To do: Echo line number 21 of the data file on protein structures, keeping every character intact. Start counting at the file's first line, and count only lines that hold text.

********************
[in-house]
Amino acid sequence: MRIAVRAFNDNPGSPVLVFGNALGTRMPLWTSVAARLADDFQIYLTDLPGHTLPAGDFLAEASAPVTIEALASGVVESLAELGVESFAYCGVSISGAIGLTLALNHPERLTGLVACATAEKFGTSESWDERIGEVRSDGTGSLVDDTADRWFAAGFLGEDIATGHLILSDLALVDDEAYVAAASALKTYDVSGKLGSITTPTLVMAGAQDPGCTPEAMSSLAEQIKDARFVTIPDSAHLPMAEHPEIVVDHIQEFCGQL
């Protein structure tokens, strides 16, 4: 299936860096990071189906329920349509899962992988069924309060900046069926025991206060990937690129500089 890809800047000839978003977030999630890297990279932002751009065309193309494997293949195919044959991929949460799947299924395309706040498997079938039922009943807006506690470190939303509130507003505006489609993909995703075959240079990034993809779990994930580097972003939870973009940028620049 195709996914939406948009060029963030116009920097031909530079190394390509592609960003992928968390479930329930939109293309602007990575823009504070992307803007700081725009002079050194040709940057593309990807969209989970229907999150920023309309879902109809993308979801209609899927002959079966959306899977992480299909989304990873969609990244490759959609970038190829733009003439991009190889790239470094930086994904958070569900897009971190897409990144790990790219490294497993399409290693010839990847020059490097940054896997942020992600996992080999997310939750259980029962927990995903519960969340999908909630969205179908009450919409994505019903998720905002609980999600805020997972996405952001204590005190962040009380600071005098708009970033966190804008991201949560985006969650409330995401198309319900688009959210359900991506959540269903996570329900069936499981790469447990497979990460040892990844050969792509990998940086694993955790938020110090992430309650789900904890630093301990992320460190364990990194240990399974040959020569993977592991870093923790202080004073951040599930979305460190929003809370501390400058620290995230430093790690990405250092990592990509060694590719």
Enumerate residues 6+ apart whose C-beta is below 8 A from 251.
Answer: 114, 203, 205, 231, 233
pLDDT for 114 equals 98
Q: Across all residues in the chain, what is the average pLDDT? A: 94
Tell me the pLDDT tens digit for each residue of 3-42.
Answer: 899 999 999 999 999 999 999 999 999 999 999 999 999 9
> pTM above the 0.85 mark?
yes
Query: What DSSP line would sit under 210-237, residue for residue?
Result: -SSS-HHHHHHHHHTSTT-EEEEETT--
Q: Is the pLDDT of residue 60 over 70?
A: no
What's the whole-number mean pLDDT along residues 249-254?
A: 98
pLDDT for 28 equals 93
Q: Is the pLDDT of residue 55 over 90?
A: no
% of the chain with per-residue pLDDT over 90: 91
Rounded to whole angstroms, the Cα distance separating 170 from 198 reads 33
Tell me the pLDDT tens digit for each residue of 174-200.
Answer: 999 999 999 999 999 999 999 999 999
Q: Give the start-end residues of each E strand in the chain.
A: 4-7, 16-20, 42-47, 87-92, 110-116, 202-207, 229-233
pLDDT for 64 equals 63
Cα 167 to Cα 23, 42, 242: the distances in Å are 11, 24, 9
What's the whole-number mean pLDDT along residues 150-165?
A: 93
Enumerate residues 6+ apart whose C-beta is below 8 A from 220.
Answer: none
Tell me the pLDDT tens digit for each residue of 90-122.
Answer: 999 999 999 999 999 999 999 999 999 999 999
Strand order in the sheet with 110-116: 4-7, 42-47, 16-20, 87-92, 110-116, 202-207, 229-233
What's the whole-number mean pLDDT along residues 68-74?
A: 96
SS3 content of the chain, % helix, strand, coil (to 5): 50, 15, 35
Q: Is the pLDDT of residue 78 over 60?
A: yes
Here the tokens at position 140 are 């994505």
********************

% of the chain with per-residue pLDDT over 90: 91